Clinical Hold on Novel Hepatitis C Drug Due to Jaundice


Regulus Therapeutics treatment reduces HCV replication in the liver.

The hepatitis C virus (HCV) drug candidate RG-101 is still on clinical hold by the FDA, according to Investopedia.

Regulus Therapeutics Inc’s HCV drug was placed on clinical hold in June 2016, due to a second case of jaundice reported during clinical trials.

Despite the drug manufacturer submitting a response following the hold, the FDA has requested final safety and efficacy data from an ongoing clinical trial. However, Regulus will be unable to present the data until the fourth quarter, because it will be unavailable until after 48 weeks of follow-up, Investopedia reported.

RG-101 is designed to target a specific microRNA in the liver, which aids the replication and translation of HCV in the liver. When the drug is used in combination with other treatment options, it is believed to shorten the treatment time for HCV.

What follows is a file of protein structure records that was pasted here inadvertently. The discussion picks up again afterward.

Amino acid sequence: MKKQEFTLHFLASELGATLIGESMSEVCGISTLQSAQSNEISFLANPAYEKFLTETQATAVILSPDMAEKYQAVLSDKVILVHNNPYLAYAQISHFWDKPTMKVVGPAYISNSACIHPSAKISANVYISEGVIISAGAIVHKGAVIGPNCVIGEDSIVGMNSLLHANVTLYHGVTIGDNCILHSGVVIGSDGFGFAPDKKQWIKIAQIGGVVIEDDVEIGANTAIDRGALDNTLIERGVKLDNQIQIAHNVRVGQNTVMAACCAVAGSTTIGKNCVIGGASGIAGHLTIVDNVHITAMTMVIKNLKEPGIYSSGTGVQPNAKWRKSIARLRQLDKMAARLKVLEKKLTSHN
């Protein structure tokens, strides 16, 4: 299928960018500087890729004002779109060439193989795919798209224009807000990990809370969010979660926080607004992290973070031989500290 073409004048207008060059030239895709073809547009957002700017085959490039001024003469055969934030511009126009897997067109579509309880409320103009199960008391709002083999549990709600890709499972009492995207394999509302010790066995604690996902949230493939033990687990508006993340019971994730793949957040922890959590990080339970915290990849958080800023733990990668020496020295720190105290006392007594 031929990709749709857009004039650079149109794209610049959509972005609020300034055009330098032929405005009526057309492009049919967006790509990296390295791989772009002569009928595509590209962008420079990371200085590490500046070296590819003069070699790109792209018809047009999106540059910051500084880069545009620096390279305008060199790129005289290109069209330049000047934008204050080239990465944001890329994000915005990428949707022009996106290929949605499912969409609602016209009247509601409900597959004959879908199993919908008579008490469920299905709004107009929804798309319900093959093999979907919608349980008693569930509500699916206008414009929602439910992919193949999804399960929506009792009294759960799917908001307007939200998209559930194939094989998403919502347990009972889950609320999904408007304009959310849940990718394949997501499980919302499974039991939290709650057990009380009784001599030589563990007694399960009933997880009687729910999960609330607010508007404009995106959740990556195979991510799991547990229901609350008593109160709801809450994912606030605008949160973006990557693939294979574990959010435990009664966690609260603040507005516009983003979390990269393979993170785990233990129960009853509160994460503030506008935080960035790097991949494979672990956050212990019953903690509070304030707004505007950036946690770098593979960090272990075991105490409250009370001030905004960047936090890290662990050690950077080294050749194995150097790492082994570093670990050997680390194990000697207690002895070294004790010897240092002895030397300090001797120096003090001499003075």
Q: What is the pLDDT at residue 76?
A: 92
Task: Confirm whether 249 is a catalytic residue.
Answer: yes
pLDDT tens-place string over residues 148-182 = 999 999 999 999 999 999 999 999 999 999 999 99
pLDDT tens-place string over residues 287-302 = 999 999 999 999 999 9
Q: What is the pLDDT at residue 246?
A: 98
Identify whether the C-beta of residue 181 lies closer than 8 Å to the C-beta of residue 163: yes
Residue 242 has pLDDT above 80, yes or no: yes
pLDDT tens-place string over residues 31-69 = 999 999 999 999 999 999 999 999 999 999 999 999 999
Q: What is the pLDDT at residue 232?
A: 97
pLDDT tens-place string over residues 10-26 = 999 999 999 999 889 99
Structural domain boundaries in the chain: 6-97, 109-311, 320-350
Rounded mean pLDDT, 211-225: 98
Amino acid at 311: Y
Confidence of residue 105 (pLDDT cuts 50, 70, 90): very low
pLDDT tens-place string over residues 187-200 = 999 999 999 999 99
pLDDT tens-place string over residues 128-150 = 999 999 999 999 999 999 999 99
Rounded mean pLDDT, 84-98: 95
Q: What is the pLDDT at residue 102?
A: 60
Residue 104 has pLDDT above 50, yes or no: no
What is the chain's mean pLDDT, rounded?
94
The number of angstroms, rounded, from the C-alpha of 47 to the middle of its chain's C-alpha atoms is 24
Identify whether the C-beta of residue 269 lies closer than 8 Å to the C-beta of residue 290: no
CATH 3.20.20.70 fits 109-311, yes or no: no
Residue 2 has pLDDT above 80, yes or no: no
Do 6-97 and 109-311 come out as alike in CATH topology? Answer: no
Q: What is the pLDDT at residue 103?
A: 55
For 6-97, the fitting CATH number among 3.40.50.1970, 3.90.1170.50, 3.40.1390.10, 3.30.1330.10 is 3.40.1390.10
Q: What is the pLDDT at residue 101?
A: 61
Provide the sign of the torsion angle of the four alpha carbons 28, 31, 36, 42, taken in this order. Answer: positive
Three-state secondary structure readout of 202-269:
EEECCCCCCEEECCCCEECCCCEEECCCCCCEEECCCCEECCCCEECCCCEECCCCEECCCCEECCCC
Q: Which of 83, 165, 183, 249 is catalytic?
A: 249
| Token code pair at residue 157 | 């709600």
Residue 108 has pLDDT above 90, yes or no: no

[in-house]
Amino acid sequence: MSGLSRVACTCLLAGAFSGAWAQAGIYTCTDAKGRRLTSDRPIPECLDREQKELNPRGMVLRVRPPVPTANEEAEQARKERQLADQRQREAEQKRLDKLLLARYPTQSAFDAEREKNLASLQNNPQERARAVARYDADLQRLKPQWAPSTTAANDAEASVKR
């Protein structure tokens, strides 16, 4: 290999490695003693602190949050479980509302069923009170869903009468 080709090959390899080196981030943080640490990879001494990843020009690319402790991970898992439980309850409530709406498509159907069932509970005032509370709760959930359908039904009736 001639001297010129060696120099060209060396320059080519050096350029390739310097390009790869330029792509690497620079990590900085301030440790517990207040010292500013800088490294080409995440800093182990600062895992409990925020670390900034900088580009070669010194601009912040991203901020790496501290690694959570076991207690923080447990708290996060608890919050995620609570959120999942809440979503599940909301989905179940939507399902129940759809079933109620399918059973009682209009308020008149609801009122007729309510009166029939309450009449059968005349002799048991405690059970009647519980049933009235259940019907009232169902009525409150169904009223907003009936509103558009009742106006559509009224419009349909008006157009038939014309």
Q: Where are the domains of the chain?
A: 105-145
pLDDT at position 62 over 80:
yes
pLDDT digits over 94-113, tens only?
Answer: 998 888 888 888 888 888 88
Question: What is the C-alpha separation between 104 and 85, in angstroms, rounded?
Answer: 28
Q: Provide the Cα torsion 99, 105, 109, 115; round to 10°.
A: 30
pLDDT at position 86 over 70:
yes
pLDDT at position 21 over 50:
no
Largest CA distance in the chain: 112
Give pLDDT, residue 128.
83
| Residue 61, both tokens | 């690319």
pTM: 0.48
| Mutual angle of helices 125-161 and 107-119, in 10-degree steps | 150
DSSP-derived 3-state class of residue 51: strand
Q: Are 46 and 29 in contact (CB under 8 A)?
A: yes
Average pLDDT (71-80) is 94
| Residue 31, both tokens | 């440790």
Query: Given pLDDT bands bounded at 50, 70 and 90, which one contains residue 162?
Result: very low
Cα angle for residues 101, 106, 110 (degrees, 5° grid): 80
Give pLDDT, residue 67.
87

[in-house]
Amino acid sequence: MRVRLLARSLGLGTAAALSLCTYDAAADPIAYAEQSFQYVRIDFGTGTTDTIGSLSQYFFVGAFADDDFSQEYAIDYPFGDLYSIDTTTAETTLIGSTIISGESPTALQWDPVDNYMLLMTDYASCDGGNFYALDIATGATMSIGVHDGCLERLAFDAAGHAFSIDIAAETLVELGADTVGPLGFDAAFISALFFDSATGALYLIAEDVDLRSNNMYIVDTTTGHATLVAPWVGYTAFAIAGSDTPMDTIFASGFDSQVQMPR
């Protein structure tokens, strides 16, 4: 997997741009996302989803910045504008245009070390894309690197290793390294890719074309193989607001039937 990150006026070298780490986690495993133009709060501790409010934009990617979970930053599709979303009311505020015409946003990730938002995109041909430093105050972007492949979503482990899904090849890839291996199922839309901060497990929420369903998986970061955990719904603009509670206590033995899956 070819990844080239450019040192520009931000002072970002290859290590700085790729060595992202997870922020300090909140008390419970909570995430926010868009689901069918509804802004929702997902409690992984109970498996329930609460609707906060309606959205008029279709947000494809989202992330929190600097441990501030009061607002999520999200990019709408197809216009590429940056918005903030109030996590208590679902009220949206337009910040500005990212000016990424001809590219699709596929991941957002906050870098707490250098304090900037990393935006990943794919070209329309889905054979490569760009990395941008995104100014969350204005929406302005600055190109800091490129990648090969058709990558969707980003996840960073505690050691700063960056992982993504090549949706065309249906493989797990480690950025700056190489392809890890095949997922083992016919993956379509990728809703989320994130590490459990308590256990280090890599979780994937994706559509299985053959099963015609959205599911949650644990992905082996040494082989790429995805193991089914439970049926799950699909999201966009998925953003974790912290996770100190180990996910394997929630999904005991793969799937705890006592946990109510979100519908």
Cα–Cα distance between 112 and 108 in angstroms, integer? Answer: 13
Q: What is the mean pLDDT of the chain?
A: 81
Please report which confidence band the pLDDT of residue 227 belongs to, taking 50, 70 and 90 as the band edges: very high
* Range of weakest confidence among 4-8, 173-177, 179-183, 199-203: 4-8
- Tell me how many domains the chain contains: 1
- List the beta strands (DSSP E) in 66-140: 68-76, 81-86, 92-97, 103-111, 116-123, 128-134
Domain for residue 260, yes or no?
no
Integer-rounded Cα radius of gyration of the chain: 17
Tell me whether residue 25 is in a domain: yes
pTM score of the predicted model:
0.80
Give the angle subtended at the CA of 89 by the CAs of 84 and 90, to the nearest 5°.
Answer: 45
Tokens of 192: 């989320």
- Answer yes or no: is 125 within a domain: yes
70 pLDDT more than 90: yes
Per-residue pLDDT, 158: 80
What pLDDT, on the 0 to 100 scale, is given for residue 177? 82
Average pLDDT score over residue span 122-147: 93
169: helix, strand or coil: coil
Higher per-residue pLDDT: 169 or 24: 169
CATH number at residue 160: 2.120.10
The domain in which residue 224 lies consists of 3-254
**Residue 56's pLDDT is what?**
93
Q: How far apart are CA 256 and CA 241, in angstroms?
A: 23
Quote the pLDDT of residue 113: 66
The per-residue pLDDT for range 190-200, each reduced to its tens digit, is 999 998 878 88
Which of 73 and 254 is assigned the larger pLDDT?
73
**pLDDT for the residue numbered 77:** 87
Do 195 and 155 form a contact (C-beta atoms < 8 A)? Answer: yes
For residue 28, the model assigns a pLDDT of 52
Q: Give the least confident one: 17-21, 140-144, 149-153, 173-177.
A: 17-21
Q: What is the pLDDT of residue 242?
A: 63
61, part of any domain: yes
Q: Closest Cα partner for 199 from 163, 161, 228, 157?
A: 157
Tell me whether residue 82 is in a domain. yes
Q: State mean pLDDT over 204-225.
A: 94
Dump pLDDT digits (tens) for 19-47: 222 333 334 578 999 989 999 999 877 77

The recent FDA update dropped Regulus’ stock price by more than 40% on Monday, and closed at $1.30 per share, which is a sharp drop from Friday’s close of $2.25, according to Investopedia.

Currently, Regulus has 2 other microRNA-targeting drugs in the product pipeline, which are expected to start human clinical trials this year.

RGLS5040 is being developed to treat cholestatic diseases, such as primary biliary cholangitis, and primary sclerosis cholangitis, along with congenital diseases, such as Alagille syndrome. RGLS5040 has the potential to work as either a monotherapy or in combination with other drugs, Investopedia reported.

The second candidate, RGLS43 is being developed as a treatment for autosomal dominant polycystic kidney disease.

NASH therapy RG-125 and the Alport syndrome drug RG-012 are currently undergoing phase 2 trials.

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